General-Market Shops Snatching Up Hispanic Business

Recent Moves by Home Depot, Wendy's Causing Concern Among Specialty Agencies

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NEW YORK ( -- After years of trying to convince the mainstream world of the size and importance of the Hispanic market, Hispanic agencies are finding that one group has started to listen: general-market shops. Pressured by cost-cutting clients, general-market agencies are taking on Hispanic shops for a bigger share of the fast-growing Latino market.

With 2010 Census data likely to show big growth in the Hispanic population, the fight is likely to intensify as general-market agencies poach talent and specialty shops protect their turf.

The ad industry was stunned earlier this month when Home Depot moved its $37 million Hispanic account from incumbent Vidal Partnership to Richards/Lerma, a little-known Hispanic capability at Home Depot's general-market agency, Richards Group.

Separately, Unilever is doing a pitch to consolidate its Hispanic business that doesn't rule out participation by general-market agencies. "The business should go to whoever pitches it best," said Tatiana Hansell, senior brand manager-multicultural at Unilever.

Since then, Wendy's has started a review of its Hispanic business that requires contenders to forward their information to Wendy's general-market agency, Kaplan Thaler Group, according to a critical statement issued by the Association of Hispanic Advertising Agencies about both reviews.

In a reference to the Wendy's review, Joe Zubi, chief operating officer of Zubi Advertising, wrote in the agency's ZubiNation blog: "One RFP was actually sent to us by the person who heads up the account at the general-market agency. The first question was to describe how well we get along with general-market agencies. If that does not send a clear message that the Hispanic shop will follow the footsteps of Big Brother, I don't know what does. Not to mention that Big Brother can then figure out how best to approach the market and tell the client that they can do it just as well for less money ... does the name Home Depot ring a bell?"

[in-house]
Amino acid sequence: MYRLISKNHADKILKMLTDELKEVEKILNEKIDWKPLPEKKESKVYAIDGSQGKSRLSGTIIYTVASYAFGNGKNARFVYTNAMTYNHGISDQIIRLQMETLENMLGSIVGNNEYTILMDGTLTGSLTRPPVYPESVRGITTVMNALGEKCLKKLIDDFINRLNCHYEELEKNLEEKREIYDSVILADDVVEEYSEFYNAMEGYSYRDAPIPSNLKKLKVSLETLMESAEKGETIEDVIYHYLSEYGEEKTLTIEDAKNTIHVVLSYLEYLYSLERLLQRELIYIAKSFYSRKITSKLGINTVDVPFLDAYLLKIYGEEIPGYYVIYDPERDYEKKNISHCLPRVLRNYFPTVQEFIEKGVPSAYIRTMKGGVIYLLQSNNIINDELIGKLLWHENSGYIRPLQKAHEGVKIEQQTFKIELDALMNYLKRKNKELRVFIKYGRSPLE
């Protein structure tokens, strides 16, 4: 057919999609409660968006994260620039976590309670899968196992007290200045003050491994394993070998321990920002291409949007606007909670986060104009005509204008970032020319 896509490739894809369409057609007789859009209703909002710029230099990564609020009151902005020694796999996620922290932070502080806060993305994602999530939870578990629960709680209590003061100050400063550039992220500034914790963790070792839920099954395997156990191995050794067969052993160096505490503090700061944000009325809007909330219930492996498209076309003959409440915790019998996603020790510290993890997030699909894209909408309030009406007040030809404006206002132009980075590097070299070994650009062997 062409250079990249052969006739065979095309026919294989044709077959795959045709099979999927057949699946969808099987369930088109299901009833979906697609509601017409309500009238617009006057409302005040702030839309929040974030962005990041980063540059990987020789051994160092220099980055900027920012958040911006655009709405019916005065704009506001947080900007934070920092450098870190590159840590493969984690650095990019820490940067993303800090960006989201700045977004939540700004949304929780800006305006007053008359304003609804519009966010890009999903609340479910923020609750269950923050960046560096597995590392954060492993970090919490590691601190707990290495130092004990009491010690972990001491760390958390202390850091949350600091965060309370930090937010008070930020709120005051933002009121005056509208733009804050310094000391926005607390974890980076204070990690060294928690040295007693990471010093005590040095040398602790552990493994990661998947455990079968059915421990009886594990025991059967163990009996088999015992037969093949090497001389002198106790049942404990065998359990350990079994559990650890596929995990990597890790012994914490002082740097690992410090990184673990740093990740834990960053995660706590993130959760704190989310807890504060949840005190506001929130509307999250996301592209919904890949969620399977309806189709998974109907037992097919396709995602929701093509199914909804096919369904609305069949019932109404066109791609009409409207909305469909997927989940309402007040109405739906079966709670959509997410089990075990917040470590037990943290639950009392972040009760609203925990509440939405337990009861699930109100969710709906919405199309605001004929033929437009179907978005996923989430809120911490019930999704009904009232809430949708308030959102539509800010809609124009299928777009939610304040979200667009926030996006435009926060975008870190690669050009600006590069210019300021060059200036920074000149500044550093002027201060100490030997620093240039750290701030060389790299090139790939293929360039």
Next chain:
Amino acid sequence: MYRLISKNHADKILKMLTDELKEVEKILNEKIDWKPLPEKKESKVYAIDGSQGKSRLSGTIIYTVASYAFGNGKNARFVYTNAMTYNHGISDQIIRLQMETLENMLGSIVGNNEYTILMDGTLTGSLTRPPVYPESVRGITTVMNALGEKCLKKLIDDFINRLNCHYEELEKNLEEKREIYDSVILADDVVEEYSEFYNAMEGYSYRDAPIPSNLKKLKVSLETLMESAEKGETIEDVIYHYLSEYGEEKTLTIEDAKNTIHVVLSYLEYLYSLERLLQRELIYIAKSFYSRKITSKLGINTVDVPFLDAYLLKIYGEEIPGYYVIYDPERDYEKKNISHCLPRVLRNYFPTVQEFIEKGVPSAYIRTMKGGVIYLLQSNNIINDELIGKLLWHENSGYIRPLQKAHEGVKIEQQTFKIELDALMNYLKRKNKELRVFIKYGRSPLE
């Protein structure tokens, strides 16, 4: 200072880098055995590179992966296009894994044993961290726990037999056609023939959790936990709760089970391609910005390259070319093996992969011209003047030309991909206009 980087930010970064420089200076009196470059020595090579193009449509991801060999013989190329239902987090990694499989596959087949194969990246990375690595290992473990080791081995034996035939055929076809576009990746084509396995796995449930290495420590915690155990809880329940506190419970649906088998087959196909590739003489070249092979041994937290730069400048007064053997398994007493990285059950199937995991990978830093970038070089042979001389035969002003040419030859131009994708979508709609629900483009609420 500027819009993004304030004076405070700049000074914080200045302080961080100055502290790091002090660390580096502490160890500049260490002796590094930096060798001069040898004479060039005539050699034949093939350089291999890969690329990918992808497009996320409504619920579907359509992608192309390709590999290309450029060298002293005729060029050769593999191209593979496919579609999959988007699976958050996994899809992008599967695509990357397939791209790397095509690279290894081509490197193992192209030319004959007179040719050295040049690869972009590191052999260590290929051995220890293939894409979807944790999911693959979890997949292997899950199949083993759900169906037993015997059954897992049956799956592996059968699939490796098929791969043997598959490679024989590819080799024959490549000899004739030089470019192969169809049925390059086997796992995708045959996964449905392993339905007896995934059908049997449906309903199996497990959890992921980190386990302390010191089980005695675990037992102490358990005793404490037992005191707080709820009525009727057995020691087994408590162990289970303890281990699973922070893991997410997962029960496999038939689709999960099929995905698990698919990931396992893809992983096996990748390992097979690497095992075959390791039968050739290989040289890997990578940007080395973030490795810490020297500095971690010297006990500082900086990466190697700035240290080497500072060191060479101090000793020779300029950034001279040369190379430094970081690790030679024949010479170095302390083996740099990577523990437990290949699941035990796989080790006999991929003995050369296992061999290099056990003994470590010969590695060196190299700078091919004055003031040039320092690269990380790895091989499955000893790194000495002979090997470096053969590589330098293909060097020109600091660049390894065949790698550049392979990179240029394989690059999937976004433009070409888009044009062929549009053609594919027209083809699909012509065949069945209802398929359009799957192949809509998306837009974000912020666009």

Pitch to 'band together'
Javier Palomarez, president-CEO of the Hispanic Chamber of Commerce, said he dispatched a letter April 14 to the CEO of Home Depot "voicing our disappointment and surprise," and sent copies to the Hispanic Chamber's 210 chapters across the country.

"As a community we have not done a good enough job of banding together," said Mr. Palomarez, who in the past headed multicultural marketing for Bank of America and early in his career developed Allstate's first Hispanic advertising. He said the chamber represents about 3 million companies generating more than $4 billion in revenue, with about 21% coming from businesses that work in fields such as construction, renovation and landscaping and are "great customers of Home Depot."

Although Home Depot represents the biggest Hispanic account to go to the least-known agency, other general-market agencies are gaining traction.

Havas Worldwide is hiring a top Hispanic creative director, Vidal Partnership's Mauricio Galvan, and Leo Olper, chief operating officer of Hispanic shop Lapiz, to build a Hispanic agency to serve Euro RSCG Worldwide and Arnold clients, replacing the moribund Euro RSCG Latino.

DraftFCB has assembled about 55 multicultural specialists at the agency's 1,100-person Chicago office, said Simon El Hage, senior VP-multicultural segments. Integrated in the general-market account teams, they work on multicultural business for the agency's general-market clients such as State Farm, Kmart and Taco Bell, whose Latino account it just stole from Hispanic shop Dieste. DraftFCB has even joined the Association of Hispanic Advertising Agencies as an associate member.

"Multicultural audiences are the pop-culture creators," said Ken Muench, who joined DraftFCB in December 2009 as senior VP-director of multicultural planning from leading Hispanic agency Grupo Gallegos. "You can't be a credible general-market agency without considering the multicultural segment."

One of the biggest changes shaping the market is the trend toward what many are calling the total market -- a melding of the general market and the growing multicultural market, partly due to the increasing numbers and influence of Hispanic and black consumers.

"Mainstream culture today is not the general market," Mr. Muench said. "It's a multicultural-inspired total market."

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